AWS Expands Its European Footprint With Frankfurt Region

Amazon today announced that it has opened the second data center for its AWS cloud computing service in Europe. The new Frankfurt region follows in the footsteps of the company’s operations in Ireland, which launched back in 2007.

The Frankfurt region sports two availability zones (compared to the three zones in Ireland) in two separate data centers with independent power, cooling, and physical security. It offers access to almost all of Amazon’s cloud computing services, including EC2, S3 and DynamoDB. Missing, however, are tools like ElastiCache, SimpleDB and Amazon WorkSpaces.

console_region_menu_frankfurt_1While this launch of Amazon’s eleventh region may seem rather minor, it does offer a number of benefits to European developers (and those who want to offer their services in Europe). With Frankfurt’s more central location, this region will likely offer slightly lower latency from many locations. Steve Midgley, the head of AWS for Europe, the Middle East and Africa, tells us that he believes customers in the Nordics, as well as the Middle East and Russia will prefer the Frankfurt region for latency regions. He also stressed that Frankfurt features one of the world’s largest Internet exchanges.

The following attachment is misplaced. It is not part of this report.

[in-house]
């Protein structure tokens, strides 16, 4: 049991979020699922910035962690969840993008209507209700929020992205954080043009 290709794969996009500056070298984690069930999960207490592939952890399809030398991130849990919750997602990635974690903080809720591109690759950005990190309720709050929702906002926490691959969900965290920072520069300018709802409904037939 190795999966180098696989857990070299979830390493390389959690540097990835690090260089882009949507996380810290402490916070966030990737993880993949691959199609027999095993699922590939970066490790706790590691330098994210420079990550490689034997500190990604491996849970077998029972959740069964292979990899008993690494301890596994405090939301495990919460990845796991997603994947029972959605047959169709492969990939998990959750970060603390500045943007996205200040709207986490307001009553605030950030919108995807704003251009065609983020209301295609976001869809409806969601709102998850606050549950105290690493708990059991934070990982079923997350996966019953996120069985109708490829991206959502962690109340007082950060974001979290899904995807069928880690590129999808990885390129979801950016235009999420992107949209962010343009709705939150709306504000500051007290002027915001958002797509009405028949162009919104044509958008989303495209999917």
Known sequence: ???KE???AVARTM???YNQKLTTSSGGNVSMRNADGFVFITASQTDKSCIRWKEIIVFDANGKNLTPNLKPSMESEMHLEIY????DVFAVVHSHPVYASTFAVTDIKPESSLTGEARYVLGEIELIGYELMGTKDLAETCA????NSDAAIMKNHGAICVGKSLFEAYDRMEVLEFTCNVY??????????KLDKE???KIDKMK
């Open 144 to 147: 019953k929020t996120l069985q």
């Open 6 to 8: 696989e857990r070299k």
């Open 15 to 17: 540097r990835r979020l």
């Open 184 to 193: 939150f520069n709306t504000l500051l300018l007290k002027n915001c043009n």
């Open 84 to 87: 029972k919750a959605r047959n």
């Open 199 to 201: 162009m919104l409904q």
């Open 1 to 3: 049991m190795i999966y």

More importantly, though, it now also gives developers the option to run their services in two geographically separate regions in Europe while still being able to ensure that their data never leaves the European Union. While Amazon’s Irish data center has a pretty good track record with regard to availability (even though it’s not perfect, either), having a second region to fall back on will give businesses an extra degree of redundancy.

There are also some companies in Germany that have internal policies that state that data isn’t allowed to leave the country. Those organizations will now be able to choose Amazon’s platform for the first time.

In tune with Germany’s green image, the Frankfurt data center is also the company’s first carbon neutral facility outside of the U.S.

Update: we updated this post to reflect that the two availability zones in Frankfurt are physically separate from each other.